# How to derive false positive and false negative from top-k accuracy?

I am working on the following "equality identification" problem and become quite confused on how to reasonably define false positive and false negative in my case.

Problem:

Suppose I have a large set of graphs $$G$$, where for every graph $$g \in G$$, there is one and only one graph $$g'$$ that is identical to $$g$$. I am training a model $$M$$ which, given two graphs $$g, g' \in G$$, can decide how similar these two graphs are. The output of $$M$$, $$o =M(g, g')$$, denotes a similarity score of these two graphs. $$o$$ is a floating number, ranging from $$[0, 1]$$.

To evaluate the performance of $$M$$, I am measuring the top-$$k$$ accuracy of its predications in the following very standard way:

for g \in G:
for t \in G:  // suppose here t != g and therefore comparison is meaningful
accuracy[(g, t)] = M(g, t)

correct_prediction = 0
total_prediction = 0
for g \in G:
total_prediction += 1
sort_accuracy_array_on_graph (g); // we sort all comparisons on $$g$$ with other graphs \in G
if g' in top-$$k$$ most similarity graphs with g:
// g' is the ground truth, the "identical" graph with g
correct_prediction += 1

correct_prediction / total_prediction // the average top-$$k$$ accuracy


OK, so this seems very standard approach to computing the top-$$k$$ accuracy of $$M$$. However, currently I want to take one step further and somewhat measure the false positive and false negative of $$M$$. I understand that FP and FN are both very standard metrics in data mining, but just somewhat become very confused on how to define it in my problem. For instance, I can define False Negative in the following way:

• False Negative of $$M$$: conceptually, FN denotes that $$g'$$, the identical graph of $$g$$, does not appear in top-$$k$$ most similarity graph of $$g$$. Then, perhaps FN is interchangeable with top-$$k$$ accuracy in my case?

• False Positive of $$M$$: but if we accept that FN is interchangeable with top-$$k$$ accuracy in my case, then how to define FP of $$M$$? FP denotes that $$M$$ aggressively treats graph $$t$$, where $$t != g'$$, as the "similar" graph of $$g$$ and appear in its top-$$k$$ most similar set. Then isn't it indicating that FP is ALSO interchangeable with top-$$k$$ accuracy in my case? That seems suspicious because in my understanding, FP should not equal to FN? There must be something wrong.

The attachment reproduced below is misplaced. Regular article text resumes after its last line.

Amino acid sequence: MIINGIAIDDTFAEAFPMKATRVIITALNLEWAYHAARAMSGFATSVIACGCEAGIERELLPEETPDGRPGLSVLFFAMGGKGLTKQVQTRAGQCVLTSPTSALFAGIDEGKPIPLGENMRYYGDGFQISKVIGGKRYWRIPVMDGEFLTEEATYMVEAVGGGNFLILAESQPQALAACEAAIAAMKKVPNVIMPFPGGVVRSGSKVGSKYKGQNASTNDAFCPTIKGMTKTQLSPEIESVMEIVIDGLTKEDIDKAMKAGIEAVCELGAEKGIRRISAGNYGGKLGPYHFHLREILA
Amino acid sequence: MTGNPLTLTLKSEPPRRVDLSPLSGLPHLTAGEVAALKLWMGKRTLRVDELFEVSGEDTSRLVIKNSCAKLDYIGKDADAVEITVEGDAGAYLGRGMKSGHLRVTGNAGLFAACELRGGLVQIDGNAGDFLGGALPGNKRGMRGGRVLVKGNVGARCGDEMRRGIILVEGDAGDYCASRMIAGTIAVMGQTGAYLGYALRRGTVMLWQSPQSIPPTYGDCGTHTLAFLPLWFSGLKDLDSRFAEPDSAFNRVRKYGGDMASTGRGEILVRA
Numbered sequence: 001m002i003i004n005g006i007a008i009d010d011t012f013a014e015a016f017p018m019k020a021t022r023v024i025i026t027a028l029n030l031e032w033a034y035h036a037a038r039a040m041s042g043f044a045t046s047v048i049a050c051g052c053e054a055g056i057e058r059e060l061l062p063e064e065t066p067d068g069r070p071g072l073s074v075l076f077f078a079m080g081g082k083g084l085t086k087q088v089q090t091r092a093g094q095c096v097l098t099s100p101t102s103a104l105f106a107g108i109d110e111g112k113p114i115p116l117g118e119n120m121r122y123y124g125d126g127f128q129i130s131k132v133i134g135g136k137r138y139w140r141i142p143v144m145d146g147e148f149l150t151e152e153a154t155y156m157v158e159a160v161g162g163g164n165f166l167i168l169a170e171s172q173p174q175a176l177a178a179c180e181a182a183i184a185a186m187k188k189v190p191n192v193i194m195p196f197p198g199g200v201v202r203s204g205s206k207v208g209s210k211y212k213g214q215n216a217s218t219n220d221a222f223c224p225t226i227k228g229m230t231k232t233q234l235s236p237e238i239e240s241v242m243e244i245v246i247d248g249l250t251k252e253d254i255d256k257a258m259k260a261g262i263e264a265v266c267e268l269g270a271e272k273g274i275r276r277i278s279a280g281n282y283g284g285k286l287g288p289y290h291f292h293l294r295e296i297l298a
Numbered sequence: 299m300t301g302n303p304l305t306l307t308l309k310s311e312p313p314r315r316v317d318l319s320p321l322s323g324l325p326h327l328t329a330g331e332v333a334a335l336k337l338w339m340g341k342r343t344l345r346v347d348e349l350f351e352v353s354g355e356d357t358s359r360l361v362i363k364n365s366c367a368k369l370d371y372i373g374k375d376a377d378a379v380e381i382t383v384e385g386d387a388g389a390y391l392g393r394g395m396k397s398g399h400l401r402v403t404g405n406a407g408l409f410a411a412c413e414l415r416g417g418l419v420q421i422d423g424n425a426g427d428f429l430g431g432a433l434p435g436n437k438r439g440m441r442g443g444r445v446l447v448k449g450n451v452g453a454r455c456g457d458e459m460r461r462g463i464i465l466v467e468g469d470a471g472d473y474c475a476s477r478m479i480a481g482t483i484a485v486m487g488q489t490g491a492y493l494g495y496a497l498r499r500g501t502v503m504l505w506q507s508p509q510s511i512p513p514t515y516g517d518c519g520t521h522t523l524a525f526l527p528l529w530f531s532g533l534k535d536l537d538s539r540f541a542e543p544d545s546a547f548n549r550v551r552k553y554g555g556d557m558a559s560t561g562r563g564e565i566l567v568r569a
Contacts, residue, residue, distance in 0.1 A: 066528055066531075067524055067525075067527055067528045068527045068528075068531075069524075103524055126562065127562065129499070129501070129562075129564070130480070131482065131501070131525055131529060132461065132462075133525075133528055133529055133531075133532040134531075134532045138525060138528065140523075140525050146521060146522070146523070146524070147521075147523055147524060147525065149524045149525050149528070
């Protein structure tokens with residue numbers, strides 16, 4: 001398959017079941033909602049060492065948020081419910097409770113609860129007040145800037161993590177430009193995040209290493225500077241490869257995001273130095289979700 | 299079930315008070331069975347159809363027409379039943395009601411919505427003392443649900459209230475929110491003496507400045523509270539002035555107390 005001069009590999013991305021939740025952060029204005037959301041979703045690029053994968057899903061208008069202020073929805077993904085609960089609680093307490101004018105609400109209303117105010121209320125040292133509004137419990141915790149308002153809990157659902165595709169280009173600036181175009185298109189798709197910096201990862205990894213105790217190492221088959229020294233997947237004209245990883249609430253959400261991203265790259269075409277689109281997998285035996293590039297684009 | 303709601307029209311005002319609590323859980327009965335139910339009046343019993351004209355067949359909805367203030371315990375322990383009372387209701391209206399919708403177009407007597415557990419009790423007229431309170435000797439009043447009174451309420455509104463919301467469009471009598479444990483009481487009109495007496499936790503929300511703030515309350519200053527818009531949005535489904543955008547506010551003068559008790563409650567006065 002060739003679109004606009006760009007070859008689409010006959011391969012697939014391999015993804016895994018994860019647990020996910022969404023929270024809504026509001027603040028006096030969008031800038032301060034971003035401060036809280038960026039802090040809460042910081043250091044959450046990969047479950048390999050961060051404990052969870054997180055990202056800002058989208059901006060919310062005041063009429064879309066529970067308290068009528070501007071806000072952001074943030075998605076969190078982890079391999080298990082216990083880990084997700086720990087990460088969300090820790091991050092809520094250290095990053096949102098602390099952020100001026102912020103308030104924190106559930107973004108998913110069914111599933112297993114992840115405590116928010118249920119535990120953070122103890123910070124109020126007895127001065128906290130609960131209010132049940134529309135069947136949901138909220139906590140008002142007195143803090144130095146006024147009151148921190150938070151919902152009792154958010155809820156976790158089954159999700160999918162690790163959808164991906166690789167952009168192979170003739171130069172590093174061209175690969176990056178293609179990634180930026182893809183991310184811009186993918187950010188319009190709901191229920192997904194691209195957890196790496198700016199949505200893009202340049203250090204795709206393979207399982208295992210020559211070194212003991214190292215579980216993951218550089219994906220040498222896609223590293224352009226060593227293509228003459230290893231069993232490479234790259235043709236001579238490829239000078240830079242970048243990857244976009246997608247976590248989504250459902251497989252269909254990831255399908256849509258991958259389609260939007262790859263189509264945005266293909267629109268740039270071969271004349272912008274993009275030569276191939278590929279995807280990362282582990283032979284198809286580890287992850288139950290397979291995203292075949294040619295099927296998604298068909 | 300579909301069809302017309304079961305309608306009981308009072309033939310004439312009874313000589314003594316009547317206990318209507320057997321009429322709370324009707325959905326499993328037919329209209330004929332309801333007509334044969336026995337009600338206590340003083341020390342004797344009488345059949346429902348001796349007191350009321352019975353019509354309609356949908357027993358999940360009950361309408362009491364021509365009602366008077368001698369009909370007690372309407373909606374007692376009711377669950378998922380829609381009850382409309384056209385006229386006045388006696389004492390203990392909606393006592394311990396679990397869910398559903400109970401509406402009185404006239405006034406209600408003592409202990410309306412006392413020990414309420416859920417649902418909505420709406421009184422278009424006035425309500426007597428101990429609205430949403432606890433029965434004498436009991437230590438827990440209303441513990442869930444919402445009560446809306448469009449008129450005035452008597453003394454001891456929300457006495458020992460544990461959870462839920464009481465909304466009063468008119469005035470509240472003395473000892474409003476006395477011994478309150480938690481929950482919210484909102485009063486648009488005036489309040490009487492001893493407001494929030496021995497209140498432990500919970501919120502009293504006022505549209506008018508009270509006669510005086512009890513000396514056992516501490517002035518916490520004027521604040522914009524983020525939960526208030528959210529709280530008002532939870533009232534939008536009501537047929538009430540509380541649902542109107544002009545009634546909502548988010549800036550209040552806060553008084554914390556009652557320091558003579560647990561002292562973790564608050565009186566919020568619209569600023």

Am I clear on this confusion? Any suggestion would be appreciated. Thank you!

I think your confusion comes from the fact that the false negative of $$M$$ as you thought it, is not top-$$k$$ accuracy but perhaps $$1$$ $$-$$ top-$$k$$. Moreover, how do you evaluate the condition if g' in top-$k$ most similarity graphs with g?

In any case, for your case I thought the following.

Let's say that if the model $$M$$ returns a value $$o > o^*$$, where $$o, o^* \in [0, 1]$$ (and $$o^*$$ is a threshold value decided by a human), then we assume that $$g \equiv g'$$; $$g \neq g'$$ otherwise.

Thus, a false negative of $$M$$ is when $$o < o^*$$ but in reality, $$g \equiv g'$$.

A false positive of $$M$$ instead is when $$o > o^*$$ but in reality, $$g \neq g'$$.

Of course your result will depend on what value(s) of $$o^*$$ you choose, but now it should be more clear what are FN and FP.

• Thank you for the reply. Yes, deciding a threshold $T$ makes a lot of sense to me. – lllllllllllll Jul 2 '20 at 16:22
• Let me think more before accepting your answer. Thank you :) – lllllllllllll Jul 2 '20 at 16:23